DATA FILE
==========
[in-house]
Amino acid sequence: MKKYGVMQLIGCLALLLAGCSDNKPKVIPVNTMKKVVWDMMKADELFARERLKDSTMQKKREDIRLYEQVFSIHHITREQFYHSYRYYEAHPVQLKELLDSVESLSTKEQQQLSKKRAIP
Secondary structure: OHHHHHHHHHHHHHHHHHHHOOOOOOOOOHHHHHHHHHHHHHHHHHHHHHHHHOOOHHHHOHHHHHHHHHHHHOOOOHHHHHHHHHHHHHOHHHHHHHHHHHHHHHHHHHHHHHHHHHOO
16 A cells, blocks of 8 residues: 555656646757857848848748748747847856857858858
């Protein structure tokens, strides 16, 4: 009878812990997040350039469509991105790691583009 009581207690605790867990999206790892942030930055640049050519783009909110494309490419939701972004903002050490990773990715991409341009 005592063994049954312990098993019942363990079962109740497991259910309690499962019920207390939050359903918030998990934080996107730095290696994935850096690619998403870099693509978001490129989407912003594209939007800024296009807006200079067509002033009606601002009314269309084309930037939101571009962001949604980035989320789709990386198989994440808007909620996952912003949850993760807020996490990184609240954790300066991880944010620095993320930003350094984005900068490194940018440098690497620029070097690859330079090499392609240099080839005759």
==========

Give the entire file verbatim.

[in-house]
Amino acid sequence: MKKYGVMQLIGCLALLLAGCSDNKPKVIPVNTMKKVVWDMMKADELFARERLKDSTMQKKREDIRLYEQVFSIHHITREQFYHSYRYYEAHPVQLKELLDSVESLSTKEQQQLSKKRAIP
Secondary structure: OHHHHHHHHHHHHHHHHHHHOOOOOOOOOHHHHHHHHHHHHHHHHHHHHHHHHOOOHHHHOHHHHHHHHHHHHOOOOHHHHHHHHHHHHHOHHHHHHHHHHHHHHHHHHHHHHHHHHHOO
16 A cells, blocks of 8 residues: 555656646757857848848748748747847856857858858
């Protein structure tokens, strides 16, 4: 009878812990997040350039469509991105790691583009 009581207690605790867990999206790892942030930055640049050519783009909110494309490419939701972004903002050490990773990715991409341009 005592063994049954312990098993019942363990079962109740497991259910309690499962019920207390939050359903918030998990934080996107730095290696994935850096690619998403870099693509978001490129989407912003594209939007800024296009807006200079067509002033009606601002009314269309084309930037939101571009962001949604980035989320789709990386198989994440808007909620996952912003949850993760807020996490990184609240954790300066991880944010620095993320930003350094984005900068490194940018440098690497620029070097690859330079090499392609240099080839005759």